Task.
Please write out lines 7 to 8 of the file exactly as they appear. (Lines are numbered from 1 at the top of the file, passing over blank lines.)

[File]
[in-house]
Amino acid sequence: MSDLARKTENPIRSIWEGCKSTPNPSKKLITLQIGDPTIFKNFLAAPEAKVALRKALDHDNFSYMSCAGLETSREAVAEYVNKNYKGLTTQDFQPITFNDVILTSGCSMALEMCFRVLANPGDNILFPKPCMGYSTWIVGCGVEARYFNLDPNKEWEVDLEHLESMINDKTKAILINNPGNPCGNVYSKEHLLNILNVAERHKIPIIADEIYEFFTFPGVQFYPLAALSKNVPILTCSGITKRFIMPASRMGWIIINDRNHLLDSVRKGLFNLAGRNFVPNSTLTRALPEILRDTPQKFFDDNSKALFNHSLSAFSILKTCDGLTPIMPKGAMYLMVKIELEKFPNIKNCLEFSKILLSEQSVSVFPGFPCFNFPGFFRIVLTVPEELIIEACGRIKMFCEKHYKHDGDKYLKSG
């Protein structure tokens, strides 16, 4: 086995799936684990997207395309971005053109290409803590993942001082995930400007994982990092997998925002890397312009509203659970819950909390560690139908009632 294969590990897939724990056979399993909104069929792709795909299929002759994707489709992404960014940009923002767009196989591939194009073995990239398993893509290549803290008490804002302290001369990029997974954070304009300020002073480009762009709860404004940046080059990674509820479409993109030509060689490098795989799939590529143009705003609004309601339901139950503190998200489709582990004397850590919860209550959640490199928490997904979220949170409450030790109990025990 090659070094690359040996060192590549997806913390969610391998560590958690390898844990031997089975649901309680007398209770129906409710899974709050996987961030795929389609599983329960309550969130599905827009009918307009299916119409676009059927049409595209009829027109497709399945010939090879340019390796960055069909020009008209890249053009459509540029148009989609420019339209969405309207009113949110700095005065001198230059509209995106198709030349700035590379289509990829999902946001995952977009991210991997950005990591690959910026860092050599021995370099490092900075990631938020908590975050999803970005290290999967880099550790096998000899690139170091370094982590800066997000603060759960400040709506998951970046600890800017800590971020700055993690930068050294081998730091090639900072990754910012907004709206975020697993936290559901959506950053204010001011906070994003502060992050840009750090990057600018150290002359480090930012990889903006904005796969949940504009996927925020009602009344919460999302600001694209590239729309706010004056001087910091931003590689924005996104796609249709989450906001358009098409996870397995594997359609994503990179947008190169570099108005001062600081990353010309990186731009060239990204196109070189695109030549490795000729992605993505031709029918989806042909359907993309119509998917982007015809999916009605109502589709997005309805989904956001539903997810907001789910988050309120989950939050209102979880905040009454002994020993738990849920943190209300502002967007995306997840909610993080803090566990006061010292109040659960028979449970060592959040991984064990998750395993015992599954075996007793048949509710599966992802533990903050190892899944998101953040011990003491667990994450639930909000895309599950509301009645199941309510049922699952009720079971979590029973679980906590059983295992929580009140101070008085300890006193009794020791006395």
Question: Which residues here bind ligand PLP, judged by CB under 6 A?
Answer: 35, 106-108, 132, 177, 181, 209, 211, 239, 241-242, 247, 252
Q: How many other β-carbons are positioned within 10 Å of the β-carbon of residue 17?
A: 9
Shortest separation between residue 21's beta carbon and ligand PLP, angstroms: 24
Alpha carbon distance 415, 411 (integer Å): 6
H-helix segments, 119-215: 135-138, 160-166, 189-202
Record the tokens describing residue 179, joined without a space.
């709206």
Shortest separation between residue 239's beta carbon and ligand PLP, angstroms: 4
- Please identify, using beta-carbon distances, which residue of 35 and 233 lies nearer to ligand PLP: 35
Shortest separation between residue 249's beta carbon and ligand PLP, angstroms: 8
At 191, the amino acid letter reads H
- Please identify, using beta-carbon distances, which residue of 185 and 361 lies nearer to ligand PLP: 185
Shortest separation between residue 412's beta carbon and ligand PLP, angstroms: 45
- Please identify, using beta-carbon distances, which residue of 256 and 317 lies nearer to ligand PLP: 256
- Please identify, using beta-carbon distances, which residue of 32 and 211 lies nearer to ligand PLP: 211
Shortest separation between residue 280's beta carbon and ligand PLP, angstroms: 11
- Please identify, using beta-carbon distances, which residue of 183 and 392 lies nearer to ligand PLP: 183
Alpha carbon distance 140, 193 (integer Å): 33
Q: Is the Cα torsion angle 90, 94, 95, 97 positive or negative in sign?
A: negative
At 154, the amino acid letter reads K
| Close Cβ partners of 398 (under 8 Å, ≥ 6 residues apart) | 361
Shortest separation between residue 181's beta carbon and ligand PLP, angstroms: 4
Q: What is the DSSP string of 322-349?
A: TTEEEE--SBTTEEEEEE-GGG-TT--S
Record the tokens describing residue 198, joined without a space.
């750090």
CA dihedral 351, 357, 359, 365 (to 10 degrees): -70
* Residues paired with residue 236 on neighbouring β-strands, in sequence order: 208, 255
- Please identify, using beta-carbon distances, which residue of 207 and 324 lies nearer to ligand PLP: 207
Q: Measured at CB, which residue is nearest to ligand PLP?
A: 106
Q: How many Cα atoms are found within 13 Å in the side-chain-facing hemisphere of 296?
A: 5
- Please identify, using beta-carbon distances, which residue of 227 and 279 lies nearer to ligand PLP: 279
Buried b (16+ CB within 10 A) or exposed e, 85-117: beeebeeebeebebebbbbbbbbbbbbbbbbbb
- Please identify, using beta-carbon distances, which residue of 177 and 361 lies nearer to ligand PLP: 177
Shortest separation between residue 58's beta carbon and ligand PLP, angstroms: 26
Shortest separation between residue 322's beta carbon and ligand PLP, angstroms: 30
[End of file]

A: 9
Shortest separation between residue 21's beta carbon and ligand PLP, angstroms: 24